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Multiquimica Do Brasil 1999

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Multiquimica do Brasil ( Source/ Cases in International Finance pp.73-80)


Managing risk involves many levels of complexity for a firm which is active in international business. This complexity is magnified by the extension of a firm’s business to direct overseas operations. The issues involved in trade are combined with the issues of international investment. Judgments are required about the prudent and equitable tradeoffs of risks and benefits for the parent company and for the overseas subsidiary. In locations in which currency instability is pronounced these questions are magnified further.

“Multiquimica do Brasil 1999” provides an excellent example of these dilemmas for a sizable American company which is active in international business. With active international sales in over 50 countries the U.S. parent company, Multichemical Industries, is a good example of the potential of trade in business expansion and of the resulting problems. The Brazilian operation represented a modest part of the company’s international business making an evaluation of the situation accessible. But modest size is not necessarily the source of simplicity in terms of management issues. The case provides a realistic understanding of the relationships and perspectives in management for a company’s head office and for the view of its offshore subsidiary.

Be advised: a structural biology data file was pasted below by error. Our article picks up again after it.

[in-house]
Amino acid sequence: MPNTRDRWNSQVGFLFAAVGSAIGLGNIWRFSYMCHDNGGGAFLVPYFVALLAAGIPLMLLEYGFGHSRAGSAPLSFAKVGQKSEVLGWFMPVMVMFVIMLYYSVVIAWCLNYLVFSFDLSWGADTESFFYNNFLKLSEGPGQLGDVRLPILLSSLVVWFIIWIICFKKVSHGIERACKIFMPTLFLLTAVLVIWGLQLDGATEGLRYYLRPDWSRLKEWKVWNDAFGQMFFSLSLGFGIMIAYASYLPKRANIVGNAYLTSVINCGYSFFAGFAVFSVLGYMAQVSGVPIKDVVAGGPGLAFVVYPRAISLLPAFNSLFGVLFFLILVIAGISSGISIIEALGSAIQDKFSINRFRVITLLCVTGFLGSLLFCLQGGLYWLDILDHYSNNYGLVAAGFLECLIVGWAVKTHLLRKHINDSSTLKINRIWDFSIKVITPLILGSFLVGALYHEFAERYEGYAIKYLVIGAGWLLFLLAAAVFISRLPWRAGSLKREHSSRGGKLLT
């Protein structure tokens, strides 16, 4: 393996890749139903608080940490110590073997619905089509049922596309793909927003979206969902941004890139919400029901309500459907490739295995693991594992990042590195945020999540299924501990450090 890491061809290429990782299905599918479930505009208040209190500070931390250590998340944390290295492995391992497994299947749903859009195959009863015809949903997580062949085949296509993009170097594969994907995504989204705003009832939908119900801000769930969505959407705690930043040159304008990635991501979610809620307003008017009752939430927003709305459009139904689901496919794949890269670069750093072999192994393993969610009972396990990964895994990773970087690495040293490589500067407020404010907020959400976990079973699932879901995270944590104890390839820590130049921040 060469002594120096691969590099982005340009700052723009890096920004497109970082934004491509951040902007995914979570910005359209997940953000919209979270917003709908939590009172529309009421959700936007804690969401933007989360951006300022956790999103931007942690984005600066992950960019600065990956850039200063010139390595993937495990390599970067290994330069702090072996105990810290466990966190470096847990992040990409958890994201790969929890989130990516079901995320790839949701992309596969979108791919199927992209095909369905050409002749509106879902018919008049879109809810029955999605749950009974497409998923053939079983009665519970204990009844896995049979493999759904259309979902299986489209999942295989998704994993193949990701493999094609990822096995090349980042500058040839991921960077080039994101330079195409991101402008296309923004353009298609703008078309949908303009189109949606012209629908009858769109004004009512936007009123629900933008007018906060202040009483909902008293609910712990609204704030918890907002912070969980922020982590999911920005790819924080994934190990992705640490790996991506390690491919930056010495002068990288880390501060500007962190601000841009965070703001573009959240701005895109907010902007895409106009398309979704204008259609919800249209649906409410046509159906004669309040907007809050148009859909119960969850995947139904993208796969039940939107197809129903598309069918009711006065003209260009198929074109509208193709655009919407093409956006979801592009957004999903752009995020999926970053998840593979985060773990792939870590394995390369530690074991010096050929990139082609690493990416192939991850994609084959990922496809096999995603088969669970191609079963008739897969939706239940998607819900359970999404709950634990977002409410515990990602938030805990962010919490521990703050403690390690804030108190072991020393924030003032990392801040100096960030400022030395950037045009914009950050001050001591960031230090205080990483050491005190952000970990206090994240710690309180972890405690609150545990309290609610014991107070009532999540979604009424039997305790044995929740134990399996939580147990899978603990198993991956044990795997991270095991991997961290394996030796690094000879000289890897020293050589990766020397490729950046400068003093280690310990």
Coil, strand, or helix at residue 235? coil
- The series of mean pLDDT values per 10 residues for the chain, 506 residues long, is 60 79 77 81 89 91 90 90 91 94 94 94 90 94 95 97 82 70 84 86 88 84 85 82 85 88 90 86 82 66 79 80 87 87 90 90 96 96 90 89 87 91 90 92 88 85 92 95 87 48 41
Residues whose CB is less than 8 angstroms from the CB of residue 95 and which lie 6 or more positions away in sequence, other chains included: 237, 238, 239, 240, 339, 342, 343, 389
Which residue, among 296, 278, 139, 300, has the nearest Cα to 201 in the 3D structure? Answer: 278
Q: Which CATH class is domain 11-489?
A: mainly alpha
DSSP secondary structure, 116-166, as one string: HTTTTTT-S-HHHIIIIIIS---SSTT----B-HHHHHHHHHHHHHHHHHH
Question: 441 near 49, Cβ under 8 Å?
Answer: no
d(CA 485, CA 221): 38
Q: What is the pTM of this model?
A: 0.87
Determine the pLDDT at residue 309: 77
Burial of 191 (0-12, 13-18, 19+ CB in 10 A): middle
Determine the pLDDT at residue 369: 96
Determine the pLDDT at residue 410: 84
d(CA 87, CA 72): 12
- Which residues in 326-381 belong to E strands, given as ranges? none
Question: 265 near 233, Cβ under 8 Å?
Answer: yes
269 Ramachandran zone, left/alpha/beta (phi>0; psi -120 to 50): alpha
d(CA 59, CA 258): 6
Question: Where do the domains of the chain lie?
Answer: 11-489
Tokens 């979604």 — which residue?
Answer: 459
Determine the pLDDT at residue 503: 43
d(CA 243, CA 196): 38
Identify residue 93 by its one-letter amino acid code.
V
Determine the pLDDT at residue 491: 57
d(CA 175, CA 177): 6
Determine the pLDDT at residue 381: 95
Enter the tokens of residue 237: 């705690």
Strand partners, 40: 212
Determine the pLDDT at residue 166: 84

The case focuses on three primary participants:

1. The U.S. Parent Company – Multichemical Industries

2. Subsidiary in Brazil – Multiquimica do Brasil

3. Competition in Brazil- Hoffman et Cie

Three aspects of the company’s situation are highlighted:

1. Parent/Subsidiary international relationship

2. Company exchange management programs

3. Competitive issues in Brazil



The discussion will address the following:

1. Situation Analysis – what were the critical factors for the company as a whole in managing its foreign exchange exposure in the Brazilian business?

All Sales and Marketing was conducted through MB in Brazil, meaning the majority of the products were overseen by the company’s managers. Sales accounted for 65 million or 6% of foreign markets. The dollar linkage billing system was advantageous to the Brazilian business.

It made the payment terms accountable to the date goods were received. The Brazilian Real due to the parent company was not due when product shipped from the US which took 30 days. Since credit terms on imports were 180 days it was customary for the Real to lose value relative to the dollar on an ongoing basis which was advantageous to the subsidiary. In addition, for further detriment to the US company, foreign exchange loss would be stated on the US books.